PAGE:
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Movie Reviews – The Hobbit, Ted, Abraham Lincoln: Vampire Hunter, The Raid: Redemption

January 25th, 2013 by

The Hobbit: An Unexpected Journey (2012)

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The original Lord of the Rings trilogy was positively epic, showcasing the world of Middle Earth on the grandest of scales, providing us with deeply rich characters and satisfying action scenes. With that in mind, I was very excited to hear that they were making another trilogy based on The Hobbit, starting with this first movie, An Unexpected Journey.

This is a prequel to the original trilogy, following the adventures of hobbit Bilbo Baggins. He is accompanying a company of dwarves and they end up going on a grand adventure together, along with Gandalf the Wizard. This is great for providing a lot of back story, like why dwarves and elves don’t get along. We also meet Smeagol/Gollum. He has a single extended scene with Bilbo, which I thought was the most entertaining part of the movie.

If you’re already a big fan of LOTR, then you really do have to watch The Hobbit. That being said, I don’t feel that this film holds up to the original trilogy. There are many drawn-out and unnecessary sequences, giving me the feeling that they stretched things out just so they could make another three hour movie and not because the plot necessarily warranted a three hour duration. It’s not quite as rich and complex as I had hoped, but this could simply be setting the stage for the next two films. We’ll find out soon enough.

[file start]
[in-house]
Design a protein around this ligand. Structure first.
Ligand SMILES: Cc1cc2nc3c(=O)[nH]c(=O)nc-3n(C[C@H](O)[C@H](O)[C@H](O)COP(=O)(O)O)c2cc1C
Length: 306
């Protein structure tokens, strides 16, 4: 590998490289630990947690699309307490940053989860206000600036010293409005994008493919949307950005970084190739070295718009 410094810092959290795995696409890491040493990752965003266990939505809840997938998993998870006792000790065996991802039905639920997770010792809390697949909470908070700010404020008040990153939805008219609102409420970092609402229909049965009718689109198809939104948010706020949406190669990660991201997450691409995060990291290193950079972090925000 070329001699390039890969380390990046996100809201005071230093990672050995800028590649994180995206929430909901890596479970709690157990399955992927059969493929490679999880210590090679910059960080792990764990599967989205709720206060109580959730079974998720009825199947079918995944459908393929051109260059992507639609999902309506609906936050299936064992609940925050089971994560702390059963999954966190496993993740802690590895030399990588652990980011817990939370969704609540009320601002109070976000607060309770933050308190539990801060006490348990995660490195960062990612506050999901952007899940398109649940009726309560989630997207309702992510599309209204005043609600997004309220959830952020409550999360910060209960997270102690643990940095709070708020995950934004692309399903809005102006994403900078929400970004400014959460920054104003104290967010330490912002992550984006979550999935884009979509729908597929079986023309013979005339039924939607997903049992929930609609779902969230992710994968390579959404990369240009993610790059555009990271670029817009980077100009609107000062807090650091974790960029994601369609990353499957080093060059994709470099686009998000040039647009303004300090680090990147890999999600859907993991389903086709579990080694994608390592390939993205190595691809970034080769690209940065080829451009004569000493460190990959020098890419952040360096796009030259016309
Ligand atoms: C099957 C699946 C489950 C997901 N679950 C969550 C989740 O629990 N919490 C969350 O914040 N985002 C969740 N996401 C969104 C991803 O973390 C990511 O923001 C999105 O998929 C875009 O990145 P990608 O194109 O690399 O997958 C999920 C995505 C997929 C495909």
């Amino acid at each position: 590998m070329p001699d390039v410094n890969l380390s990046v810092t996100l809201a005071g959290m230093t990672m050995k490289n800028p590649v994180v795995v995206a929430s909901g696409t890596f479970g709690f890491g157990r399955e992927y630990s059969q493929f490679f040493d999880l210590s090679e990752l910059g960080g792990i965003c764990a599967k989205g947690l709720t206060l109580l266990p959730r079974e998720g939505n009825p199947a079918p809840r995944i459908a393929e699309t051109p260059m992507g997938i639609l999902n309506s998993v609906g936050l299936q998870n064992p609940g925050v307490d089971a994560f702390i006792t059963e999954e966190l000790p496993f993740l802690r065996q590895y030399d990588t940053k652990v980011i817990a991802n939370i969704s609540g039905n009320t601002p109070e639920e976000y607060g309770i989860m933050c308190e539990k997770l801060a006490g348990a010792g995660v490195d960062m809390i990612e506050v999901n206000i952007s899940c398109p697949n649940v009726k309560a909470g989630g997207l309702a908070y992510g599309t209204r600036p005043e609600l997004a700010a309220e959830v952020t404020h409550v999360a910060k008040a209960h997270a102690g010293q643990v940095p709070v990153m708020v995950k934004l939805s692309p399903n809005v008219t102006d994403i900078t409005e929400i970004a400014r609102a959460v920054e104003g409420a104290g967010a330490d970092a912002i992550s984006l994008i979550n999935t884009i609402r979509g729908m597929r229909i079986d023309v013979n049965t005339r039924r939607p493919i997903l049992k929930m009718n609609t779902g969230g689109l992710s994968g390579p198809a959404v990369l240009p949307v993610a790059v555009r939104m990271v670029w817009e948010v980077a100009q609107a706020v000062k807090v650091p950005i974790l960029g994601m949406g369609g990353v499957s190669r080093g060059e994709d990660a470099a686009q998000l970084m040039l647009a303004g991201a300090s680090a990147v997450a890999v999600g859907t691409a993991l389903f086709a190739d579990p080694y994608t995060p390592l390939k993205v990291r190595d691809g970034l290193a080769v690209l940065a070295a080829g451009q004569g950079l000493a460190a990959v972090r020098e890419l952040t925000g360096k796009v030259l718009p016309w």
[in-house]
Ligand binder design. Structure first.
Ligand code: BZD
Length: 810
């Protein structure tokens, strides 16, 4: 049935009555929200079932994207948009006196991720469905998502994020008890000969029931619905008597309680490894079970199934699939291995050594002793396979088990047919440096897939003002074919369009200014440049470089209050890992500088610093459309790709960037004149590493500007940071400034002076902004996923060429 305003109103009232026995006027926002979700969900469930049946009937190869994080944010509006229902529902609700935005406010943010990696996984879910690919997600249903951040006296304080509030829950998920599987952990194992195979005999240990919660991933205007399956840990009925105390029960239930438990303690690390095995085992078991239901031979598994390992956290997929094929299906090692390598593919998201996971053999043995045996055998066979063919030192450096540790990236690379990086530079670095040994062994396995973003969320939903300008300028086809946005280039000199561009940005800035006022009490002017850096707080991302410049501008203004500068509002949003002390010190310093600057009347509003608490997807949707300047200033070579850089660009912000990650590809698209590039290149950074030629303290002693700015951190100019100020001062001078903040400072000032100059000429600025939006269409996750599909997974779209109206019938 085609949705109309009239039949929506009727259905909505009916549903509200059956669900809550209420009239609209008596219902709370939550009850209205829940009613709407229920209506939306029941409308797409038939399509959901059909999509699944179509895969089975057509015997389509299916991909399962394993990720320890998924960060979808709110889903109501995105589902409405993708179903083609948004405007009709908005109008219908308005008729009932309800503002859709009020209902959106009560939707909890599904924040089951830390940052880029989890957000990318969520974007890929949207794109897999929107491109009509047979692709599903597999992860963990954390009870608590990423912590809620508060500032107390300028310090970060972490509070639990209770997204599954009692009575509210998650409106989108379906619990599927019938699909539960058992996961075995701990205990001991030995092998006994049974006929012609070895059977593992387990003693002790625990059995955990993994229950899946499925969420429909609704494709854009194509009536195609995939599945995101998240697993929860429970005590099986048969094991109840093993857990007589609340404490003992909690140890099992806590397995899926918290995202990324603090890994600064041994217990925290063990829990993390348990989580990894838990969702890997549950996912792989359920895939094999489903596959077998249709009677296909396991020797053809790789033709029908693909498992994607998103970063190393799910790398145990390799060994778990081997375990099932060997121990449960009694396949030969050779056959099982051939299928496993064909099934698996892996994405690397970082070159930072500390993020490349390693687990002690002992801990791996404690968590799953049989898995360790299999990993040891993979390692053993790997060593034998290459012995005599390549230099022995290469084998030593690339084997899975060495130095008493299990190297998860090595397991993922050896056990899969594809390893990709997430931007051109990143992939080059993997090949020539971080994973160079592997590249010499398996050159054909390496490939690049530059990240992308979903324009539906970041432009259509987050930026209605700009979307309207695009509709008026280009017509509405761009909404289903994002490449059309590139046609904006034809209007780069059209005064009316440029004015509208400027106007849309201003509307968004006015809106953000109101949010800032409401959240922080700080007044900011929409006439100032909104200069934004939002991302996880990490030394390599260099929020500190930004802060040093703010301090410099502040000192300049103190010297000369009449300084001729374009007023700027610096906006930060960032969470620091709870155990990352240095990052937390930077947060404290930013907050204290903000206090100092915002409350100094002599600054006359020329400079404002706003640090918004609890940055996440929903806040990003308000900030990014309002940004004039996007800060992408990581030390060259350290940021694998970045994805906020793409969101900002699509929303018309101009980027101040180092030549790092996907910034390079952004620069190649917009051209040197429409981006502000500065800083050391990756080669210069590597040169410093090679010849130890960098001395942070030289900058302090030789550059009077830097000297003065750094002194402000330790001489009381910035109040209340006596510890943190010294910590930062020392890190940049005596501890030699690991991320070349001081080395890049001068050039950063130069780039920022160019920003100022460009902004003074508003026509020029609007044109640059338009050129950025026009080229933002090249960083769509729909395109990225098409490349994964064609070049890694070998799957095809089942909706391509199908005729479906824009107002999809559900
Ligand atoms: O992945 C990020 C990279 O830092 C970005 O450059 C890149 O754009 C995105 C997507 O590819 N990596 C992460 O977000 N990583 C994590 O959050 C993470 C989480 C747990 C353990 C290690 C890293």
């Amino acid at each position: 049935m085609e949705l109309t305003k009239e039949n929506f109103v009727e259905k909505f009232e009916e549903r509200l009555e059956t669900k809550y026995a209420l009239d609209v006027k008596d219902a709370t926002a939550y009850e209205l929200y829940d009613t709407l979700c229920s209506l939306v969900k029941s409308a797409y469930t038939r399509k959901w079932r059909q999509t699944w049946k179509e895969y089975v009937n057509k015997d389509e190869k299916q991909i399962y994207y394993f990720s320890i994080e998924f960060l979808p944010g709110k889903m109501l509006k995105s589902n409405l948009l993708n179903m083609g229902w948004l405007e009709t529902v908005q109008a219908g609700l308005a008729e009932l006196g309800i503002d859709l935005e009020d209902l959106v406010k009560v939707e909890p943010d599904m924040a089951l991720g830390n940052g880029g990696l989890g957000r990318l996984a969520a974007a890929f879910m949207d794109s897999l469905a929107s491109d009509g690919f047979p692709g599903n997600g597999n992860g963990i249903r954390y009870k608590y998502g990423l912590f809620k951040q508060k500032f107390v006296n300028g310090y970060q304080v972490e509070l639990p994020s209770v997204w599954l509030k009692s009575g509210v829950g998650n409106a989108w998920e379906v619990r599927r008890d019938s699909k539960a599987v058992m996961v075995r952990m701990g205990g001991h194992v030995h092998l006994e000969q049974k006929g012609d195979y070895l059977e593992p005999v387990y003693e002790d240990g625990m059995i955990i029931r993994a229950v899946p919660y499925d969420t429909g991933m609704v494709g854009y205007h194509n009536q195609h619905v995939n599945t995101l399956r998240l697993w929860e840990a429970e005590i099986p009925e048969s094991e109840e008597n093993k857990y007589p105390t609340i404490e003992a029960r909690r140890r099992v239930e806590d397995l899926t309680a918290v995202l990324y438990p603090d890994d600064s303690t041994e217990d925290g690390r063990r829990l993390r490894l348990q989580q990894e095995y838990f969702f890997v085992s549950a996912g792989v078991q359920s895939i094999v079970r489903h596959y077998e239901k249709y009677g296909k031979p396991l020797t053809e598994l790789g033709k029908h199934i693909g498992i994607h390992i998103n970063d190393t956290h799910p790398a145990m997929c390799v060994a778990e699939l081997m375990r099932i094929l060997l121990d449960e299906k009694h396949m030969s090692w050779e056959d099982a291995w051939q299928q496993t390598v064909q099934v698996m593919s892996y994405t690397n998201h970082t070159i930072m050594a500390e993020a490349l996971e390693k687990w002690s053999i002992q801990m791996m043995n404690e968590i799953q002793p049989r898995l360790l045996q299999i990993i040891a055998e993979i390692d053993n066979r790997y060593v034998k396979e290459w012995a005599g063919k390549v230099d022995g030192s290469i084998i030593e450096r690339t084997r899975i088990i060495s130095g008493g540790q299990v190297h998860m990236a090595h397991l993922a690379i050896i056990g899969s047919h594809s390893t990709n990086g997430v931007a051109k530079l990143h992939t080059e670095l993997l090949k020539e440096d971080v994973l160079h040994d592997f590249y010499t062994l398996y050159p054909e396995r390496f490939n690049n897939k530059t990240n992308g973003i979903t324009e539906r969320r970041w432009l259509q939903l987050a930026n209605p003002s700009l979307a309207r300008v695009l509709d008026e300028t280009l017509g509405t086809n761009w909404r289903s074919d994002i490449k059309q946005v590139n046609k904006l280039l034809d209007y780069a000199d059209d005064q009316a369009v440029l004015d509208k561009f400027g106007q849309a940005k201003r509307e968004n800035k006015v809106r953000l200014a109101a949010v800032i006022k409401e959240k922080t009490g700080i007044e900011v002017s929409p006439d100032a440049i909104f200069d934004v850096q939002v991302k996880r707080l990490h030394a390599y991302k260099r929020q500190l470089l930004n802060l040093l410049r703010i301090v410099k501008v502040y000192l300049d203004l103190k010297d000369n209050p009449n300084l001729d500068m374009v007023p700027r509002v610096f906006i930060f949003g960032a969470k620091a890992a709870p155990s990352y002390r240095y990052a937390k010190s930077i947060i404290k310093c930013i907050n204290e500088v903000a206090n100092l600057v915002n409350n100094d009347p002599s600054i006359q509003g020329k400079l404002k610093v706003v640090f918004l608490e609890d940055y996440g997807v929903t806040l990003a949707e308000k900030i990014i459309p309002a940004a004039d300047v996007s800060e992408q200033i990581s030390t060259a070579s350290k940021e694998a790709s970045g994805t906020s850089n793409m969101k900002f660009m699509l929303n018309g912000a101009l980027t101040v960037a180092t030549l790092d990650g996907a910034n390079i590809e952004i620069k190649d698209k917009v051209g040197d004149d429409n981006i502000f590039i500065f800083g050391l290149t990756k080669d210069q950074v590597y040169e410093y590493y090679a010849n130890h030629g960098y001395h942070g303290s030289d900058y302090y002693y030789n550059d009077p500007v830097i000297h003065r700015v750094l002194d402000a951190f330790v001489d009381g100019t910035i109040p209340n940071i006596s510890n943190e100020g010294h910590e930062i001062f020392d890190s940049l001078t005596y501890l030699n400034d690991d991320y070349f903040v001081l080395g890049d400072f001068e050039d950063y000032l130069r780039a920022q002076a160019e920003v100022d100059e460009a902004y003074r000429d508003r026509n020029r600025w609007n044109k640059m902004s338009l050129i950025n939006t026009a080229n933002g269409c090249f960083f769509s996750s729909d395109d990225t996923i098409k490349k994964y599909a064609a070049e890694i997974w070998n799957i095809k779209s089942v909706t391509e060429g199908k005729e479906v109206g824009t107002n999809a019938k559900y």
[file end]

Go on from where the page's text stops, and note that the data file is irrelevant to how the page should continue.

Ted (2012)

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Did you have a teddy bear as a child? Did you wish that Teddy could actually walk and talk, conversing with you like a real person? That wish really did come true for Mark Wahlberg‘s character in Ted. And Seth MacFarlane of Family Guy fame provides the voice of Ted.

You get that signature irreverent comedy style that we’ve come to expect from MacFarlane, so you can expect a lot of bathroom humor. Ted, for example, has sex in the back of a grocery store with an attractive clerk, except he’s using some produce to do it. It’s immature and it’s cheap, but it is funny. Realistically, though, a lot of the humor is only funny because we’re getting it from a talking teddy bear, a comedy device that MacFarlane has used many times before.

If Ted were replaced with a human being, this movie would be like any other buddy comedy. It’s formulaic and predictable. Even so, I enjoyed my 106 minutes and would recommend this “freakin’ sweet” movie to anyone who likes Family Guy.

Abraham Lincoln: Vampire Hunter (2012)

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What if we only knew half the story of Honest Abe? Based on the spoof novel of the same name, Abraham Lincoln: Vampire Hunter gives us an alternate history where our bearded hero was tasked with fighting off a horde of blood suckers. Not only that, but these vampires sided with the Confederates during the American Civil War?